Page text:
Born in Three Hills, Alberta, Paul Janz moved to Balen, Switzerland with his family when only four years old. The son of a Mennonite Minister, his earliest musical influences were naturally gospel and choir. By age ten he was an established singer in the church choir and was already dabbling in writing gospel arrangements. His first instrument was the trumpet and by age 13 was performing with the local chapter of The Salvation Army. By the time he was out of high school, he’d also taught himself to play guitar and drums. By then he was also studying opera with the Basel Conservatory of Music, which led to conducting and arranging assignments with the Basel Symphony.
He started his first group while still at the Conservatory, called Deliverance. A mix of his gospel-music upbringing with his passion for roots rock such as Elvis and Perkins, the band recorded three albums over the course of 10 years, topping the charts in Germany and reaching #56 on Billboard with 1979’s “Leaving LA”. Amid financial difficulties, Janz left the group and returned to Canada the next year. He found work doing various projects for commercials and enrolled in Simon Fraser University in ’81 to study philosophy. With his passion in life still music, and still determined to make it in the business, he found time to record some demos, playing all the instruments himself. The demos caught the attention of several major labels, and signed to A & M in ’84.
His first solo album was a Candian-only release, HIGH STRUNG. It’s debut came in mid ’85 and was met with critical praise. With production assistance from Lindsay Kidd, it featured cameos from Jim Vallance, Tom Colclough and Robbie King, and no less than four singles were released. The success of “Don’t Cry Tonight”, “Close My Eyes” and the title track shot the album up the charts. But it was the smash “Go To Pieces”, with it’s driving rhythms and mixing that showed off Janz’s emerging productions skills and truly propelled him, helping earn the songwriter a Juno Award for most promising male vocalist . Recognizing the performer’s immense talent, Michael Godin left his post as vice president of A & M Canada to become Janz’s manager before the new year.
The bulk of the next album was recorded at Godin’s Vancouver studio over the next year. Now with a deal with A&M’s division in the US, ELECTRICITY hit the stores in the summer of ’87 and again was met with instant critical praise. Produced by Janz with helping hands from the likes of Bob Rock (Payola$) and Mike Fraser in the mixing and featuring the lyrics of Pamela Phillips Oland, the album quickly gained Janz recognition as one of the country’s finest new songwriters, as emphasized in the first single “One Night Is All It Takes”. As well, “Go To Pieces”, the smash single from his debut, was remixed and found it’s way onto ELECTRICITY. The driving rhythms and complex mixing of the album showed off Janz’s emerging production skills. His gospel roots were also made evident when The Sperling School Choir were brought in to highlight the moving “Believe In Me”, the album’s last single, which was dedicated to Janz’s four kids. Other noteable tracks included “Send Me A Miracle”, “Alien”, both co-written by his wife, the melodic “Angel” and “I Won’t Cry”.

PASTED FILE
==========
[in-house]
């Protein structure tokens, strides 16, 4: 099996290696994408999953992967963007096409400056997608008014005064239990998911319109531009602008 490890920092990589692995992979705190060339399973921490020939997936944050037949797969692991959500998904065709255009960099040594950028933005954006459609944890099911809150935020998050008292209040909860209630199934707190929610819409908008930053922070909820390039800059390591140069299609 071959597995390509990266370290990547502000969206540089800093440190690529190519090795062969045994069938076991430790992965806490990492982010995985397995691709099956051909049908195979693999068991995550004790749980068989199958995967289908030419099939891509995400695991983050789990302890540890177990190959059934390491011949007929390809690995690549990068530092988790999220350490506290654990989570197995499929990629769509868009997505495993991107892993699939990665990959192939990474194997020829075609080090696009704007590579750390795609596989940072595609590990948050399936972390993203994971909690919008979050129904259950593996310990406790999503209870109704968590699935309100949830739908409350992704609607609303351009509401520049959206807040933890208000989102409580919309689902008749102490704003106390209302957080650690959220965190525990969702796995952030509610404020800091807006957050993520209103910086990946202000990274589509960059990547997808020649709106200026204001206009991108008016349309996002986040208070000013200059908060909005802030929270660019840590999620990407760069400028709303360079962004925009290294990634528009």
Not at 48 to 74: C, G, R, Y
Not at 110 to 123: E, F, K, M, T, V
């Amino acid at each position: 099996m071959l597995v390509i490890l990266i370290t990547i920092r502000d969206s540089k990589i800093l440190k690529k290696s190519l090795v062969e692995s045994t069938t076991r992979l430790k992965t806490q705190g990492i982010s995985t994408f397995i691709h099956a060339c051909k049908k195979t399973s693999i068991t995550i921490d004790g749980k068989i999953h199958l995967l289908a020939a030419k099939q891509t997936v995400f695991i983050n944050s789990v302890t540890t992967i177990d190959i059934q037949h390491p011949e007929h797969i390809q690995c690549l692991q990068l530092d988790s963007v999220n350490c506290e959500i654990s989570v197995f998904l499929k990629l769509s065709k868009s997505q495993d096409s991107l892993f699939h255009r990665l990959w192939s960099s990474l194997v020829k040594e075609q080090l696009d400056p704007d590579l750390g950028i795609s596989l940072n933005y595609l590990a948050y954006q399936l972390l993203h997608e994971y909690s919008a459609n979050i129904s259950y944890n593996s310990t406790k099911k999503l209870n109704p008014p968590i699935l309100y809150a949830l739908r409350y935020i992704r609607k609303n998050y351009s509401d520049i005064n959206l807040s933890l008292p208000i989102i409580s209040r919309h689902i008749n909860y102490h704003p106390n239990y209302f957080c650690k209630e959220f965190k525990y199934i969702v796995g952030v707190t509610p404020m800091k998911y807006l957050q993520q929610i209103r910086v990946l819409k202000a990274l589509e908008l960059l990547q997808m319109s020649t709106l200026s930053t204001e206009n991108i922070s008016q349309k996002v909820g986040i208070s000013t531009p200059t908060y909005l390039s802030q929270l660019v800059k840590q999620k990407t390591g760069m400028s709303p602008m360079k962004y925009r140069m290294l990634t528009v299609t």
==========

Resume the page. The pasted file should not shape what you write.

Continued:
RENEGADE ROMANTIC was released in 1990 amidst much anticipation from the critics as well as the public. With Bill Drescher co-producing (Rick Springfield, The Bangles) the record showed a growing maturity in his songwriting. The lead-off single “Every Little Tear” quickly shot up the charts, followed by the raucous “Rocket To My Heart”. The added attention earned Janz an opening slot with Melissa Etheridge in his first national tour. The moving “Stand” was the third single, hitting the top 40 in both Canada and the US, followed by the ballad “Hold Me Tender”,showing a definite sensitive side to him.
Despite the relative success of the album, Janz was still somehow managing to not live up to A&M’s expectations, dropping him from the label at the end of the year. Now without a deal, he spent the next couple of years writing new material in his own BC studio and judging the business from a distance. He was picked up by Attic Records in ’92, but before their first collaberation, A&M released PRESENCE, a greatest hits package, to capitalize on his past laurels.
Janz’s first record for Attic came out shortly thereafter when TRUST hit the stands. Inspired in part by his time spent doing joint missionary work with MuchMusic, the album seemed to contain a new ‘awareness’ to his music, with a direction less geared to ‘pop radio’. The new single “Wind Me Up” gave him exposure on the newly-reforming adult contemporary radio audience, as did “Amazon Rain” and “Call My Personal Angel”. But not really sure what to do with Janz and his evidently changing styles, he again found himself without a major deal the very next year.
Janz dropped out of the music scene completely in the mid 90’s, when he began working towards his undergraduate degree in philosophy from Simon Fraser University. In a sense, he then returned to his pre-musical roots when he pursued theology studies at the University of Cambridge. In 2000, he began a four-year stint at Trinity Western University in Langley, BC as Assistant, then as Associate Professor of philosophy and religious studies. He joined King’s College in London as Lecturer in Systematic Theology in January 2005. Since beginning his return to a more religious self, he’s published a number of articles, taking a contemporary view on modern theology, specializing in the field from the late 18th century, on.